Back in January 1991, the peace movement pretty much folded its tents as soon as the U.S. missiles started dropping on Baghdad. Here we are in March 2003. Will it be the same?

Listen to Leslie Cagan, who's organized some legendary demonstrations across the past four decades, starting with the March on the Pentagon in 1967. Fifteen years later, she put a million people into New York's Central Park, demonstrating for a nuclear freeze. These days she's co-chair of United for Peace and Justice, the umbrella group that put half a million people on the streets of New York on Feb. 15.

In Cagan's view, "We're not going to see that drop off. This time the president did not make his case, did not build support, as his father did in 1990. I think we'll see an increase in activism." When I talked to her at the start of the week, Cagan's group was working around the clock toward a march for peace down Broadway on March 22, which could be the first march after bombing begins. With plenty of egg on their faces after the furor over the ban on marching on Feb. 15, this time, Mayor Bloomberg and the NYPD have OK'd the march.

Looking beyond March 22, Cagan sees the peace movement building up pressure on Congress, which will soon have to authorize $90 billion for the war. "They need to be leaned on. We're also looking at targeting privately owned companies that make money out of war. We have to lend even more support to groups like Military Families Speak Out, a small group of people who have sons and daughters in the military, speaking out against this war. And hopefully, fairly soon, we'll have soldiers going AWOL, refusing to be called up."

Talk to anyone with experience of the peace movements from Vietnam forward, through the efforts to stop intervention in Central America in the Reagan years, and they all agree that what's phenomenal about the current anti-war movement is the speed with which it has grown up, and the way in which it has involved people from all walks of life.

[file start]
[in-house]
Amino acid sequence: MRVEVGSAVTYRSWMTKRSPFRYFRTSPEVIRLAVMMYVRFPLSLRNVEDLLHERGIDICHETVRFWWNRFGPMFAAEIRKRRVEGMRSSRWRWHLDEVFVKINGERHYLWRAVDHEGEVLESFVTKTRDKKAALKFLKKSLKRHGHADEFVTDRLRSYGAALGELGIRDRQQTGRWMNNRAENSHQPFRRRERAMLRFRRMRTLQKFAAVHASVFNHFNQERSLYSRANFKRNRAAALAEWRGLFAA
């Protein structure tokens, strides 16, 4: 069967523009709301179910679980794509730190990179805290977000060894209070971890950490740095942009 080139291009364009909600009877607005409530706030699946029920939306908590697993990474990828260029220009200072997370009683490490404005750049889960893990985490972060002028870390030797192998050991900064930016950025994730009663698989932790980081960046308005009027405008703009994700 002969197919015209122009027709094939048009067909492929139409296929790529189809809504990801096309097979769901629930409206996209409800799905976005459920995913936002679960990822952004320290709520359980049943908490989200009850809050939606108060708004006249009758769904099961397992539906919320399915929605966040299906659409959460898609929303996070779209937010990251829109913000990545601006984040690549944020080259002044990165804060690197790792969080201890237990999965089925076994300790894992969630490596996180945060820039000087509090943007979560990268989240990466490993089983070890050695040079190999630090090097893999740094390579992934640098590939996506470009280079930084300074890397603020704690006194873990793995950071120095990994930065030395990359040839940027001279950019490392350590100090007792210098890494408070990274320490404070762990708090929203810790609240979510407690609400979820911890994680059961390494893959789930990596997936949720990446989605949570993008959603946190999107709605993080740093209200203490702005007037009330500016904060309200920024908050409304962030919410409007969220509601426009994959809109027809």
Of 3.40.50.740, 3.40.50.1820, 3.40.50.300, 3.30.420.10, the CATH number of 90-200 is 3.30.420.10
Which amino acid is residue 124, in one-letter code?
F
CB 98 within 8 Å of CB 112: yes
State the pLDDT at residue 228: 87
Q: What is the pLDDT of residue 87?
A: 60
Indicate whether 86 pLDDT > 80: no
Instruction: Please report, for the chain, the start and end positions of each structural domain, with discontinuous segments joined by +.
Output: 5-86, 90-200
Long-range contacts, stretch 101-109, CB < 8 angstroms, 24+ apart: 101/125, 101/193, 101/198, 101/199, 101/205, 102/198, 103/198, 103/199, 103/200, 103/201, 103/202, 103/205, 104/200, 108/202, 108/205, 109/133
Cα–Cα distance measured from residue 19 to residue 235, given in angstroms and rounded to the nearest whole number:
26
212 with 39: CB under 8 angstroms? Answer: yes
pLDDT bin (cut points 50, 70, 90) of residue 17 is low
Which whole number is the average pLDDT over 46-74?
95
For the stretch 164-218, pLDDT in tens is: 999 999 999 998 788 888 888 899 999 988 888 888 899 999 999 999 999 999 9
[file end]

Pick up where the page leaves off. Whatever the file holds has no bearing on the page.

It's not been a matter of just a few huge rallies either. On March 5, we saw student walkouts. There have been the candlelight vigils, some 6,000 of them, pushed by The same meeting in October 2002, which saw the birth of United for Peace and Justice (UFPJ), also produced the Cities for Peace project, run out of the Institute for Policy Studies. To date, around 150 cities across the United States have passed resolutions against war in Iraq. This week, the spotlight is on a very definite upping of the ante, civil disobedience in Washington D.C., and New York, promoted by the Washington D.C.-based Iraq Pledge of Resistance.

As Bill Dobbs, also of UFPJ, says, 'The Iraq crisis comes in the context of Enron, of decaying school systems and all the other problems, and now this gang of thugs want to take us to war.' It's symbolic of a whole agenda. People understand something is very wrong. If Bush and his gang are left unchecked, they will lead us into further wars and economic ruin."

There are plenty of fears that increased domestic repression may be just around the corner. As Cagan says, "the Homeland Security stuff and the code color terror alerts look likely to translate into further attacks on civil liberties; more roundups of immigrants, denial of permits and marches."

These are upsetting times. Across the left you can sense the nervy dejection. True, testing times loom, though not in such measure as for the people of Iraq, or for Palestinians on the West Bank and Gaza every day of the year. But how can one be entirely disheartened amid the amazing flowering of the anti-war movement, a movement that has produced the largest (almost entirely peaceful) protests in the history of the world.

In my local northern California town of Eureka, there was a march over the weekend that brought out 3,500. Huge for Eureka. Only a handful of louts jeered from the courthouse at the marchers. There was a vigil here in tiny Petrolia. I wrote recently of the antiwar Dixie Chicks about to play a concert in Greenville, S.C., adding that Greenville is "not noted as a bastion of antiwar sentiment," at least when I was there a couple of months ago.

It was a dumb thing to write, because I should have remembered what I've said so often, that in every American town there are people of spirit and conscience. John Hanson, secretary of the local Amnesty International chapter, promptly e-mailed me from Greenville, advising me that "You may be pleased to know we scheduled a small peace rally two weeks ago (200 people) and a vigil just last night (80). We also put on Lysistrata at Furman University March 3."

Multiply that a thousand times over, and you have a huge movement, a new generation of young people inducted into the fun, boredom, fear, exhilaration and experience of popular protest. It was that movement, here and across the world, that frightened Bush out of the Security Council and into the lawless cliches of a Hollywood Western. That's something to exult over, as we brace for the next stage.

Alexander Cockburn is coeditor with Jeffrey St. Clair of the muckraking newsletter CounterPunch. To find out more about Alexander Cockburn and read features by other columnists and cartoonists, visit the Creators Syndicate Web page at COPYRIGHT 2003 CREATORS SYNDICATE, INC.